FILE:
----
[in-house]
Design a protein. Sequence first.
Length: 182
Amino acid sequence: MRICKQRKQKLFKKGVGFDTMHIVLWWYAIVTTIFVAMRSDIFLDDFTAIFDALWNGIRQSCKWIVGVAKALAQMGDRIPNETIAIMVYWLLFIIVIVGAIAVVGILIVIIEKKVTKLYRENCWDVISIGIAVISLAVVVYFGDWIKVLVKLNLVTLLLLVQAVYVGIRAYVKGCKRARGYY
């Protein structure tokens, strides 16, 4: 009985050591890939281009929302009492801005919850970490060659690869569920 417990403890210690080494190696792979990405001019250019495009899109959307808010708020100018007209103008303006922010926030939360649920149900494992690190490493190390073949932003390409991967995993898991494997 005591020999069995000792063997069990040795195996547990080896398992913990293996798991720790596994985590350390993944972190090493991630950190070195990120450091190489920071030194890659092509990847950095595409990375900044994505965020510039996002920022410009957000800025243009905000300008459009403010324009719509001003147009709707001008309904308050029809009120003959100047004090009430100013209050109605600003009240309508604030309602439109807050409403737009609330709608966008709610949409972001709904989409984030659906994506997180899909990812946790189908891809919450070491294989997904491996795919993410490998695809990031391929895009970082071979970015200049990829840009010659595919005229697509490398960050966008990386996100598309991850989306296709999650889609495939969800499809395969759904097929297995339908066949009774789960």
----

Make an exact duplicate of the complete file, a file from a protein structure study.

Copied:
[in-house]
Design a protein. Sequence first.
Length: 182
Amino acid sequence: MRICKQRKQKLFKKGVGFDTMHIVLWWYAIVTTIFVAMRSDIFLDDFTAIFDALWNGIRQSCKWIVGVAKALAQMGDRIPNETIAIMVYWLLFIIVIVGAIAVVGILIVIIEKKVTKLYRENCWDVISIGIAVISLAVVVYFGDWIKVLVKLNLVTLLLLVQAVYVGIRAYVKGCKRARGYY
């Protein structure tokens, strides 16, 4: 009985050591890939281009929302009492801005919850970490060659690869569920 417990403890210690080494190696792979990405001019250019495009899109959307808010708020100018007209103008303006922010926030939360649920149900494992690190490493190390073949932003390409991967995993898991494997 005591020999069995000792063997069990040795195996547990080896398992913990293996798991720790596994985590350390993944972190090493991630950190070195990120450091190489920071030194890659092509990847950095595409990375900044994505965020510039996002920022410009957000800025243009905000300008459009403010324009719509001003147009709707001008309904308050029809009120003959100047004090009430100013209050109605600003009240309508604030309602439109807050409403737009609330709608966008709610949409972001709904989409984030659906994506997180899909990812946790189908891809919450070491294989997904491996795919993410490998695809990031391929895009970082071979970015200049990829840009010659595919005229697509490398960050966008990386996100598309991850989306296709999650889609495939969800499809395969759904097929297995339908066949009774789960």